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CHAPTER 11. The Body Senses and Movement The Body Senses Movement. Movement. Skeletal muscles move the body and limbs. Are called striated muscles: have striped appearance. Smooth muscles produce the movements of the internal organs.

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Chapter 11


The Body Senses and Movement

The Body Senses



  • Skeletal muscles

    • move the body and limbs.

    • Are called striated muscles: have striped appearance.

  • Smooth muscles

    • produce the movements of the internal organs.

    • E.g., Cardiac muscles are the muscles that make up the heart.

Movement basal ganglia cerebellum


  • Muscle: made up individual cells: Muscle fibers.

    • Muscle fiber made up of

      • myosin filaments

      • actin filaments.

    • controlled by motor neurons

    • Motor neurons synapse with muscle cell at the neuromuscular junction.

  • When a motor neuron releases acetylcholine:

    • Muscle fiber is depolarized,opens calcium (Ca+) channels.

    • Calcium influx initiates a series of actions by the myosin

    • result  contract the muscle.

Movement basal ganglia cerebellum


  • Muscle Contractions:

    • Myosin filaments climbs along surrounding actin filaments

    • Movements of myosin filaments relative to actin filaments shortens fibers and contracts muscles

  • Skeleletal muscles anchored to bones by tendons

    • Tedons = bands of connective tissue

    • Movement of tendons operates bones like levers

    • Use antagonistic muscles

Movement basal ganglia cerebellum

Antagonistic muscles

  • Antagonistic muscles

    • muscles that produce opposite movements at a joint.

    • E.g., the bicep muscle

      • flexes the arm

      • the triceps extends it.

  • Simultaneous activation of antagonistic muscles contributes to:

    • smoother movements,

    • precise stopping

    • reduction of tremor.

Movement basal ganglia cerebellum

Spinal cord modulation of Muscle Movement

  • Several specialized receptors for movement in spinal cord

  • Spinal Reflex

    • Movement of muscle detected by muscle stretch receptor

    • Muscle spindles = Muscle stretch receptors

    • Relay this info to spinal cord

    • Sensory neurons synapse on motor neurons

    • Motor neurons then return to muscle, cause it to contract

  • may be located in the spinal cord or brain.

Movement basal ganglia cerebellum

Spinal cord modulation of Muscle Movement

  • Golgi tendon organs

    • receptors that detect tension in a muscle.

    • Trigger spinal reflex that inhibits muscle

    • Prevents muscle from contracting too much, avoids damage

  • Central pattern generators

    • neuronal networks: form neural circuit for complex pattern of behavior

    • produce rhythmic patterns of motor activity,

      • E.g., walking, swimming, flying, and breathing.

    • Central pattern generators may be located in the spinal cord or brain.

    • May be observed in young children: “walking reflex”

    • Showing an infantile reflex in adulthood is good indication of brain or spinal cord injury!

Movement basal ganglia cerebellum

Motor cortices

  • Hierarchical organization:

    • Forebrain

    • Brain stem

    • Spinal cord

  • The motor cortex consists of:

    • primary motor cortex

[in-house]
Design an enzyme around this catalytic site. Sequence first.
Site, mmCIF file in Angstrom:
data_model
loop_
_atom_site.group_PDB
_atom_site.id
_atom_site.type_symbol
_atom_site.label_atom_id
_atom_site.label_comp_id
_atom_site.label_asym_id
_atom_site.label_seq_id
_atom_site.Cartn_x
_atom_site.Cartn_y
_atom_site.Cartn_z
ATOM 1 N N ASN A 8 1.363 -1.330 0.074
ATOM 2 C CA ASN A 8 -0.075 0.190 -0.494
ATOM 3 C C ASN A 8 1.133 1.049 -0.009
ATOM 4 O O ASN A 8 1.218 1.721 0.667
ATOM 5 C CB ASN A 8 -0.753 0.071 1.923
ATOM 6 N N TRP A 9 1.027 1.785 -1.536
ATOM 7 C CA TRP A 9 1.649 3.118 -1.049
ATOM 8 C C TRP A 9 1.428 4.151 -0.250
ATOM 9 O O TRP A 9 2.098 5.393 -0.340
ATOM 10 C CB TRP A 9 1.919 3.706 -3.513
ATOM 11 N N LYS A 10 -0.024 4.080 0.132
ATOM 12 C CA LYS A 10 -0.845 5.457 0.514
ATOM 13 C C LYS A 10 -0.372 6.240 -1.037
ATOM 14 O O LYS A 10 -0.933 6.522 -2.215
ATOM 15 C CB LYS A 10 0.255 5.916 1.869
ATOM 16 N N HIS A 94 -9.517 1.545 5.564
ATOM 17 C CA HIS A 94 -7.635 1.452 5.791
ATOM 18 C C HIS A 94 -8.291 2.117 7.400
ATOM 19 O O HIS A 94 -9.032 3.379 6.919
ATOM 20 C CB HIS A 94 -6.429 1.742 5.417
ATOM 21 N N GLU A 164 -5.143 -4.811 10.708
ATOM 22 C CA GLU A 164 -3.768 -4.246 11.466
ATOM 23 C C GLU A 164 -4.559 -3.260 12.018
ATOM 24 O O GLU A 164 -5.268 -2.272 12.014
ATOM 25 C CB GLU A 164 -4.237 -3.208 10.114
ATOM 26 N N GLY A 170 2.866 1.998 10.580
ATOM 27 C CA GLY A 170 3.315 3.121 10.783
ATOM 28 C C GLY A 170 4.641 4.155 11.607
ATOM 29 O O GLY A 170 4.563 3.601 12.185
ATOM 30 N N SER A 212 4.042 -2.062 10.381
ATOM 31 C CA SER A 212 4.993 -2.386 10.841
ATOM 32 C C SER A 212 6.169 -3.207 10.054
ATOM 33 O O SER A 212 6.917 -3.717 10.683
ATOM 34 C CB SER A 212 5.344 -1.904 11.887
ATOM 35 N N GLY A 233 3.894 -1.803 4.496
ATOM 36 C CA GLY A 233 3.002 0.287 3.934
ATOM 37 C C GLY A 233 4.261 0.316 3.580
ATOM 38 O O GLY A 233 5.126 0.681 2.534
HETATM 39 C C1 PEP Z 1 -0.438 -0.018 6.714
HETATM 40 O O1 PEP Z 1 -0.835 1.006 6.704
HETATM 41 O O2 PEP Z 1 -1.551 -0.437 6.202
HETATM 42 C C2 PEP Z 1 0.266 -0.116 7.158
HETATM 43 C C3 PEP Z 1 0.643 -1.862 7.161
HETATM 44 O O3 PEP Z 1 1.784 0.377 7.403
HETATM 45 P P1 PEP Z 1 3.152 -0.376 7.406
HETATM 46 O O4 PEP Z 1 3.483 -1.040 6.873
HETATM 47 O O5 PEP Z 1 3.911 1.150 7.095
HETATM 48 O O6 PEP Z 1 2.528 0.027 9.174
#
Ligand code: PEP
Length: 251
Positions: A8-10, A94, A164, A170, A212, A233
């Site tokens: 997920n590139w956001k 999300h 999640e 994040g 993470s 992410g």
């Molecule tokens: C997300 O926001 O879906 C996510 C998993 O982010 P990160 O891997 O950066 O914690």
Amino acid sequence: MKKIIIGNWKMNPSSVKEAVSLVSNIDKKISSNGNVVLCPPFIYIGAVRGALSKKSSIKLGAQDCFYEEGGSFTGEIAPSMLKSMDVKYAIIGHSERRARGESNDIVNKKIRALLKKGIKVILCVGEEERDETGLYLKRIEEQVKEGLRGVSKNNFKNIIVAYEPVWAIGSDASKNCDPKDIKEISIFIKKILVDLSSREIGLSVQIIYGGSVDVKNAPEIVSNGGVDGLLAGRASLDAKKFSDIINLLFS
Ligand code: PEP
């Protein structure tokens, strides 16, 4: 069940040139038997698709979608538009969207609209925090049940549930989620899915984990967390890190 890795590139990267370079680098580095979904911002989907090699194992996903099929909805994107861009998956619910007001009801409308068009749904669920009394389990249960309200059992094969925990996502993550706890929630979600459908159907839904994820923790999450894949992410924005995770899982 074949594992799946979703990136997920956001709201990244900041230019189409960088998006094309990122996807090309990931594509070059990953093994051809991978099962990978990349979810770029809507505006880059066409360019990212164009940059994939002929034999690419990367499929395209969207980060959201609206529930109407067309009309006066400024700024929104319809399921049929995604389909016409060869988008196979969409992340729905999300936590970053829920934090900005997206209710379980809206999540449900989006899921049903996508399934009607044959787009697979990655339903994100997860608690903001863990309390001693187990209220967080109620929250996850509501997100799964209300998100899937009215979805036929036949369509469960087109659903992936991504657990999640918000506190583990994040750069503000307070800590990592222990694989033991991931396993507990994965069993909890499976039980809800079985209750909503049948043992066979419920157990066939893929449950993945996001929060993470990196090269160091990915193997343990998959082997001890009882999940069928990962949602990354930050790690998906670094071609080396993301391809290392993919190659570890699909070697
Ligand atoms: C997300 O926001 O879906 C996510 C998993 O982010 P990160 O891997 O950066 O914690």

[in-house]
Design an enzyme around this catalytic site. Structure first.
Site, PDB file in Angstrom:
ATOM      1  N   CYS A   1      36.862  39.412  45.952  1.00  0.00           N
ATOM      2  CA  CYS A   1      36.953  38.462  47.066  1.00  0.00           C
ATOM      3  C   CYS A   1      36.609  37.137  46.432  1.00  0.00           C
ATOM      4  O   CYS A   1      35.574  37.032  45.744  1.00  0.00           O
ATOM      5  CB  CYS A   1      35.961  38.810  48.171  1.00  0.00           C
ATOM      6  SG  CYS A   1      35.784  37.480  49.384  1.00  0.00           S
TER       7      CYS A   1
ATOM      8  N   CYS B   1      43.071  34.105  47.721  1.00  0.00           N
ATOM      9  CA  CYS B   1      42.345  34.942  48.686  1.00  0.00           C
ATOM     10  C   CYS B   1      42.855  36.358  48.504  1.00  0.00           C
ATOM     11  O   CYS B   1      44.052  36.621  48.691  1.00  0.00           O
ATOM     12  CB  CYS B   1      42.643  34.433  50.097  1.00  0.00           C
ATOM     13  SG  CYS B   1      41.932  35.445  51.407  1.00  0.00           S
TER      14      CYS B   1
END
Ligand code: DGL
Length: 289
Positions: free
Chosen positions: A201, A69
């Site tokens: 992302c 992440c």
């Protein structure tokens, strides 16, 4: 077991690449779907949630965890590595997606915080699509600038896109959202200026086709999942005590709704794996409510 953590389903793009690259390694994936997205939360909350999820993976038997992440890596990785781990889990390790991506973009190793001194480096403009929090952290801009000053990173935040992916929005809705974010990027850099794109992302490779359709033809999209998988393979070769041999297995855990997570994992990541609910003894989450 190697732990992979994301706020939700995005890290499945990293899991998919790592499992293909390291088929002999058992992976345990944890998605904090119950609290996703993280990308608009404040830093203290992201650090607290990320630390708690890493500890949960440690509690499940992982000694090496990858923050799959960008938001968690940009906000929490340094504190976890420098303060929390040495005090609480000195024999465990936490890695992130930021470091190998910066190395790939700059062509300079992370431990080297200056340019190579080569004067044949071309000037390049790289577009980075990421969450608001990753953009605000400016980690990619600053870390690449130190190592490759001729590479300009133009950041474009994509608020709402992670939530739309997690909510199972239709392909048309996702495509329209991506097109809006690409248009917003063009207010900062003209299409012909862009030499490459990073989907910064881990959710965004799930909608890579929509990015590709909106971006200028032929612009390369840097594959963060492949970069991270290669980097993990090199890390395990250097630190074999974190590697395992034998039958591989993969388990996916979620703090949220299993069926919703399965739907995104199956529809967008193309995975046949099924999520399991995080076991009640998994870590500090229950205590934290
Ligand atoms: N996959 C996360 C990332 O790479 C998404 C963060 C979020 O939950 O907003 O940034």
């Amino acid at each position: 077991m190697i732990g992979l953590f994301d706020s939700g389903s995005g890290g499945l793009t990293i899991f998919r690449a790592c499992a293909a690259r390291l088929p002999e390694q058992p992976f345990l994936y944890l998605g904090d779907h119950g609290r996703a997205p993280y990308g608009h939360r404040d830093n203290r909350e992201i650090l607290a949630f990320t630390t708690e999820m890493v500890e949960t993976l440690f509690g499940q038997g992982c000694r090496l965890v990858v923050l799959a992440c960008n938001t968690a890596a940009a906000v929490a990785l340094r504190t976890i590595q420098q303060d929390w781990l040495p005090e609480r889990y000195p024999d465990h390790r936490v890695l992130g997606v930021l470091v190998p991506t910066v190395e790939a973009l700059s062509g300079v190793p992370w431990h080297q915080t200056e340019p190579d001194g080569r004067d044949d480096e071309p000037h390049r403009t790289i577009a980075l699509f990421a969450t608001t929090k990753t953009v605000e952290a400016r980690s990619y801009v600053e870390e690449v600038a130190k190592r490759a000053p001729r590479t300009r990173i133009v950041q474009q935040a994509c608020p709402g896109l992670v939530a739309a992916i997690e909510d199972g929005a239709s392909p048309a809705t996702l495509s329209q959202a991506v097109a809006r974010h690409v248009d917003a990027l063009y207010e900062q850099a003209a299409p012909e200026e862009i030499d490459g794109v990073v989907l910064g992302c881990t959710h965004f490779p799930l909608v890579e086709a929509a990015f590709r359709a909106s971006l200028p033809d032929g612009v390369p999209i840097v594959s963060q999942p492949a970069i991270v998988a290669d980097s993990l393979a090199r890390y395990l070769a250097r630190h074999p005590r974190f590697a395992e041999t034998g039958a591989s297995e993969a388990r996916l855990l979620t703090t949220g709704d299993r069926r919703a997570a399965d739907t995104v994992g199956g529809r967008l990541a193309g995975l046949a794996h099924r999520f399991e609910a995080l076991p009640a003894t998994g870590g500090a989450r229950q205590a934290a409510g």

• two major secondary motor areas:

      • supplementary motor area

      • premotor cortex.

  • Both primary and secondary area contain a map of the body

    • Motor Homunculus

    • greater amounts of cortex devoted to the parts of the body that produce finer movements.

Movement basal ganglia cerebellum

Prefrontal cortex

  • Serves as initial step in motor planning

  • Plans actions with regard to consequences

    • Receives info from ventral visual stream about object identity- used to identify target of motor activity

    • integrates auditory and visual information about the world with information about the body

    • Body information comes from posterior parietal cortex

  • Prefrontal cortex appears to hold information in memory while selecting appropriate movement and its target.

Movement basal ganglia cerebellum

Prefrontal cortex

  • Tests examining prefrontal cortex control include:

    • Delayed matching to sample

      • Show a stimulus and then a stimulus array

      • Must choose the stimulus you saw from that array

    • When sample presented: cells in prefrontal cortex start to fire

    • Continue to fire during delay

    • When begin response: second group of prefrontal cell start firing

    • Thus: “remembers” sample, then when respond, this shuts down

  • Important for planning and executing complex behavior

Movement basal ganglia cerebellum

Premotor cortex

  • This area controls initiation/programming a movement

  • combines information from the prefrontal cortex and the posterior parietal cortex.

  • Show function via rubber-hand illusion

    • Person sits at table with left hand hidden

    • Experiment strokes hidden left hand with brush

    • Experimenter simultaneously strokes rubber hand that is in full view

    • Subject reports that the sensation seems to come from rubber hand, not their own

    • Why?: Stimulated premotor cortex when receive simultaneous and corroborative input from sensory AND visual stimuli

Movement basal ganglia cerebellum

Supplementary motor area

  • Output from the prefrontal cortex flows to supplementary motor area (SMA)

  • assembles sequences of movements

  • Critical for integrating information from both sides of body

    • Bilateral integration

    • Ability to cross midline

    • E.g., eating or playing the piano

  • Damage to SMA results in inability to carry out alternating tasks.

Movement basal ganglia cerebellum

Primary motor cortex

  • Responsible for execution of voluntary movements

    • cells fire most during the movement instead of prior to it.

    • Individual cells here not for specific movement, but contributes function to range of related behaviors

  • Coordinates activity of cells into useful movement

    • Contributes control of movements’ force and direction

  • Must have input from

    • Secondary motor areas

    • Somatosensory cortex

    • Posterior parietal area

    • Sensory areas provide feedback for the motor movement

Movement basal ganglia cerebellum